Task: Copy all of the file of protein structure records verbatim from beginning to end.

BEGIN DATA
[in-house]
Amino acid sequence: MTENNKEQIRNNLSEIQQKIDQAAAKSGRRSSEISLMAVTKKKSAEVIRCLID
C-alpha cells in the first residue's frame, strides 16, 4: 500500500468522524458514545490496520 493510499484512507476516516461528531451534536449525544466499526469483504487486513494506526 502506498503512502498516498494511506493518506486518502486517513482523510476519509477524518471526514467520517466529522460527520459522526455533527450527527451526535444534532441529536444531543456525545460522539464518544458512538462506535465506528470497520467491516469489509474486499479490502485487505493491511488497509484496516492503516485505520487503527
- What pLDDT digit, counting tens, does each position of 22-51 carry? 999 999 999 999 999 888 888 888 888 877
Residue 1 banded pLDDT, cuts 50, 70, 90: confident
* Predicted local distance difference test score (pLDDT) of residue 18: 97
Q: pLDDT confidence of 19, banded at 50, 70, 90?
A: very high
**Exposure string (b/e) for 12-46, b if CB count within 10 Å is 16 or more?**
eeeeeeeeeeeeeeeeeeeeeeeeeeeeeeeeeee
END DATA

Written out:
[in-house]
Amino acid sequence: MTENNKEQIRNNLSEIQQKIDQAAAKSGRRSSEISLMAVTKKKSAEVIRCLID
C-alpha cells in the first residue's frame, strides 16, 4: 500500500468522524458514545490496520 493510499484512507476516516461528531451534536449525544466499526469483504487486513494506526 502506498503512502498516498494511506493518506486518502486517513482523510476519509477524518471526514467520517466529522460527520459522526455533527450527527451526535444534532441529536444531543456525545460522539464518544458512538462506535465506528470497520467491516469489509474486499479490502485487505493491511488497509484496516492503516485505520487503527
- What pLDDT digit, counting tens, does each position of 22-51 carry? 999 999 999 999 999 888 888 888 888 877
Residue 1 banded pLDDT, cuts 50, 70, 90: confident
* Predicted local distance difference test score (pLDDT) of residue 18: 97
Q: pLDDT confidence of 19, banded at 50, 70, 90?
A: very high
**Exposure string (b/e) for 12-46, b if CB count within 10 Å is 16 or more?**
eeeeeeeeeeeeeeeeeeeeeeeeeeeeeeeeeee